Earlier, I invoked the name of Borges as a reference point, and not simply because the idea of the “labyrinth” that he’s so closely associated with provides a convenient metaphor for the digressive, unresolved nature of Llinás’s baroque tale-weaving. Rather, it’s because Historias mirrors the concerns and sensibilities of the 20th century Argentine literary tradition that Borges helped define: an ironic fabulism, which itself has close filiations with cinema history. Think of Borges’ “Death and the Compass,” for instance, a story about a self-fashioned master detective who doesn’t realize the incredibly elaborate crime he’s just solved is a trap, and a pretext for his own demise, until it’s too late. Similar inversions occur in Historias, such as when X resolves, with ingenious flair, the particularly nettlesome question of Lola Gallo’s identity and her role in the conspiracy, which a series of flashback images support. “He will never know it,” the voiceover then reveals, “but his entire theory is wrong.” The dense plot orchestrations and generous use of genre elements (mysteries, adventure stories) in Historias are rife with the Borges influence as well, reflecting the writer’s lifelong preference for Kafka, Robert Louis Stevenson, G.K. Chesterton, and Edgar Allan Poe, whose masterfully crafted works he championed to younger protégés like Adolfo Bioy Casares. (The Invention of Morel, Casares’s most important novel, became the basis for Alain Resnais’s Last Year at Marienbad, a film that Llinás consciously echoes in Historias’ multifaceted memory games.)

In an interview with a Buenos Aires–based film journal, Llinás remarked that he thinks of his film as being in a dialogue with Argentine identity, as well as his country’s cinema tradition, which rings true in numerous senses. For one thing, considering the paucity of dialogue, Historias is quite an extraordinary written piece that pays homage to another local literary giant, Julio Cortázar, emulating the episodic structure and metanarrative approach of his groundbreaking novel Hopscotch (multiple omniscient narrators, “expendable” chapters, optional endings). And in Argentina, perhaps more than any other Latin American nation, there have been endless cross-currents between literature and film, as many writers in the high modern tradition have taken inspiration from New Wave filmmakers, and vice versa. Following the lineage Llinás invokes can become a hopscotching game of its own, a kind of detective work that opens up stories that circle back on themselves. Borges and Casares, for instance, wrote two scripts for the French-Argentinean director Hugo Santiago (1969’s Invasión and 1974’s The Others), who later narrated Three Crowns of the Sailor for Chilean master Raúl Ruiz, a stories-within-stories drama hugely indebted to Borges. (It was shot by Sacha Vierney, who lensed Last Year at Marienbad.) Cortázar’s story “The Droolings of the Devil” became the basis for Antonioni’s Blow-Up, and may have influenced Godard as well.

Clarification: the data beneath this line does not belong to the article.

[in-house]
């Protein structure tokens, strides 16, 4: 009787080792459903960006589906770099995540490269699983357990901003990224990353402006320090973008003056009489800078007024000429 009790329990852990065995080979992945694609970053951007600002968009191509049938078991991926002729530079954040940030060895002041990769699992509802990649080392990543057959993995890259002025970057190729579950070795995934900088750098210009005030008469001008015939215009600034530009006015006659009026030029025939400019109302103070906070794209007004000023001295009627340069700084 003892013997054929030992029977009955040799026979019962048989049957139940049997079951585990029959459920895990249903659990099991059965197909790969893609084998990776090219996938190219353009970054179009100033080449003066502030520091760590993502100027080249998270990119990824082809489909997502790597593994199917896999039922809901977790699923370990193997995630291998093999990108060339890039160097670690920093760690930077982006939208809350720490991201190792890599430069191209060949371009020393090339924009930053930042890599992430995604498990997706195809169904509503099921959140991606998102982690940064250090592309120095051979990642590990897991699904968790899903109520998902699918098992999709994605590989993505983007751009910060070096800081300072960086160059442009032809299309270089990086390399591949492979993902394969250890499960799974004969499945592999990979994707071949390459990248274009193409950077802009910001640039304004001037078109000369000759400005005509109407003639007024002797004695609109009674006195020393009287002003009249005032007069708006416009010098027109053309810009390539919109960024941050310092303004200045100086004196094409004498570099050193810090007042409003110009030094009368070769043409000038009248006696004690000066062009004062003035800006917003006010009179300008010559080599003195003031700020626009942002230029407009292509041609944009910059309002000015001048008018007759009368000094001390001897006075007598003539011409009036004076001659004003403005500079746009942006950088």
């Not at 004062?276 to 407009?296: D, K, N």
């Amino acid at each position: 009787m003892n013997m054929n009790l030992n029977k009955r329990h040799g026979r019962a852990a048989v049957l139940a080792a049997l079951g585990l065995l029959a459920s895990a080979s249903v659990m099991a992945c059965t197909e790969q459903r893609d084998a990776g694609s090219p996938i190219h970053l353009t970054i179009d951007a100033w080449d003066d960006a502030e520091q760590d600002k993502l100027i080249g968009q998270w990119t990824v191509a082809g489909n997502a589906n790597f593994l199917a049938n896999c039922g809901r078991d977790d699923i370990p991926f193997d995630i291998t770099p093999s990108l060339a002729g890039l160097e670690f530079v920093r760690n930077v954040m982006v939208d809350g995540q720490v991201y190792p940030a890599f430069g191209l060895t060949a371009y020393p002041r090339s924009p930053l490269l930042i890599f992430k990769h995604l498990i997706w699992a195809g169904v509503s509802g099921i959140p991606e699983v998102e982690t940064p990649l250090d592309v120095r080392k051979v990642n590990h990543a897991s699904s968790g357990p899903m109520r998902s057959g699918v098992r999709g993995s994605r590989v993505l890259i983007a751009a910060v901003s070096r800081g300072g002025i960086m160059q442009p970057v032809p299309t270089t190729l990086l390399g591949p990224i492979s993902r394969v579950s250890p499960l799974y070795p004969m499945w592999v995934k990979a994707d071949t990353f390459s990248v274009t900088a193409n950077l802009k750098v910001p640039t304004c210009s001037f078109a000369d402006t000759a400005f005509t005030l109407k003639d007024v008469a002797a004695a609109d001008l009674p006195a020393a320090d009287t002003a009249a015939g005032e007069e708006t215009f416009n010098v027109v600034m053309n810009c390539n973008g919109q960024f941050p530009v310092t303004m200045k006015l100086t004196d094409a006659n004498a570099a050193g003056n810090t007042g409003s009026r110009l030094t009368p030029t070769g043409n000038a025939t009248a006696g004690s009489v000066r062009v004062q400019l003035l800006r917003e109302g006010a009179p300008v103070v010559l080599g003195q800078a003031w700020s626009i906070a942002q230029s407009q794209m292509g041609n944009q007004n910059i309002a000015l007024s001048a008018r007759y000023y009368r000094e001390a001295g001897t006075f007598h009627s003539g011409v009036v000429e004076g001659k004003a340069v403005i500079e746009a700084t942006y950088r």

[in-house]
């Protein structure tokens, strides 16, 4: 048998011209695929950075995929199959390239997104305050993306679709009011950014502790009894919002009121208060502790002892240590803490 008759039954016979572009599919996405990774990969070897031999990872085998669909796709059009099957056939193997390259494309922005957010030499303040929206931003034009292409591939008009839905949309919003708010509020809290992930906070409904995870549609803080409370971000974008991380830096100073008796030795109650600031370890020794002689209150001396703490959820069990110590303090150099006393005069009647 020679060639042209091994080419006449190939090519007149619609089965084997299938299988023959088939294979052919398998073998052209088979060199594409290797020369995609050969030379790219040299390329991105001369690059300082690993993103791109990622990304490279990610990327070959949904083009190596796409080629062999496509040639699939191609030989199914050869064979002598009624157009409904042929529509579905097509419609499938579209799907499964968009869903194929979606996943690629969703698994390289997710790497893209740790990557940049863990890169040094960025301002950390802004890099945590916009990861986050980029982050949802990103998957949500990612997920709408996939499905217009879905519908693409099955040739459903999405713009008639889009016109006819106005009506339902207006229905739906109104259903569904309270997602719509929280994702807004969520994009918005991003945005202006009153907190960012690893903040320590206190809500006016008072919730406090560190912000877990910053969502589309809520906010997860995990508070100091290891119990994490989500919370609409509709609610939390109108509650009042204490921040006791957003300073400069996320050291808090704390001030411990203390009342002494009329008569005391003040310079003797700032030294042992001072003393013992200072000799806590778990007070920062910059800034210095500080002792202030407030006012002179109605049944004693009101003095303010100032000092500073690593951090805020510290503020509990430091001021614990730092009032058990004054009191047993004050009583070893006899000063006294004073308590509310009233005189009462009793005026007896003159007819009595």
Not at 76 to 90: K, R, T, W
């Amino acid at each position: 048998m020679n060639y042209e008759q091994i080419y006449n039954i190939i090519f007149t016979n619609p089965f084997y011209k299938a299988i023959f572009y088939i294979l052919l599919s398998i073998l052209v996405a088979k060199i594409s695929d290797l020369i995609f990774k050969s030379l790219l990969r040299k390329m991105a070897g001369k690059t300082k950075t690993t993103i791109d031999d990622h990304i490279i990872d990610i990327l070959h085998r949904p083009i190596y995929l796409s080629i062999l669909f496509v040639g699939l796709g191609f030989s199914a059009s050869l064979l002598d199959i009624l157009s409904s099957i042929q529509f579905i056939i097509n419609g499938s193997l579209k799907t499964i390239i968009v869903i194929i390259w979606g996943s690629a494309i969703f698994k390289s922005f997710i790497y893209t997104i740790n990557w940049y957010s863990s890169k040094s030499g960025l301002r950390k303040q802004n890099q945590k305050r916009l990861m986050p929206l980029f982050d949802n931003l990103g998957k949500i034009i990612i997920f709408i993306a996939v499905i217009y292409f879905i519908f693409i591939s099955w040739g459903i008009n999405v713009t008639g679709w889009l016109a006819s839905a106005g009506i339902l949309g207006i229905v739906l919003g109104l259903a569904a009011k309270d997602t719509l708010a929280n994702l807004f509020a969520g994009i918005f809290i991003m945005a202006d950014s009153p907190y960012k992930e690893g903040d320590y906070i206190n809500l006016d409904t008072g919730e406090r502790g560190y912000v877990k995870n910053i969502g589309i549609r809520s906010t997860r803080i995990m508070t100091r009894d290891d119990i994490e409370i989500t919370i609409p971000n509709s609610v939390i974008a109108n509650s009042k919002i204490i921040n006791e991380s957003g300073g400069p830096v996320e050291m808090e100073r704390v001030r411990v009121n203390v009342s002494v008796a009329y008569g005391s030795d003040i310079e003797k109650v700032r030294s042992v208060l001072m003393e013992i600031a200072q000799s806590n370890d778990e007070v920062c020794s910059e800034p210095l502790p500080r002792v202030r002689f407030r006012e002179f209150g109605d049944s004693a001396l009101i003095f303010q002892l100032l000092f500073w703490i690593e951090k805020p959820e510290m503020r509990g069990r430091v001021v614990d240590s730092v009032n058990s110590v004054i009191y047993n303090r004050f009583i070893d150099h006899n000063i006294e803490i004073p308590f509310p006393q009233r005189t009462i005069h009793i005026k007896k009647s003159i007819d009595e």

At the end of the day, when watching Historias, it hardly matters whether you’re acquainted with Argentine fiction or distant pockets of what, for most people, would count as fairly obscure cinema history. Historias extraordinarias is a paragon of suck-you-in storytelling, a handmade object so exotic and dazzling that you instantly overlook its low-rent production values. Even the music—a propulsive blend of Latin rhythms and Marc Ribot–ish guitarwork—provides an irresistible texture and a sense of unresolved tension. After the astonishing appearance of a lion (real, living, panting heavily) pushes the film into the realm of the fantastic, another Argentine specialty, all bets are off. There’s simply no way to predict where these hyperimaginative fables are going to lead. The film doesn’t resolve its three main narrative branches so much as suggest possible outcomes for X, Z, and H, but the point of embarking on this particular road is the journey itself. As César sings so plaintively over the final sequence, his aged voice cracking like timber, “The road will take you away...”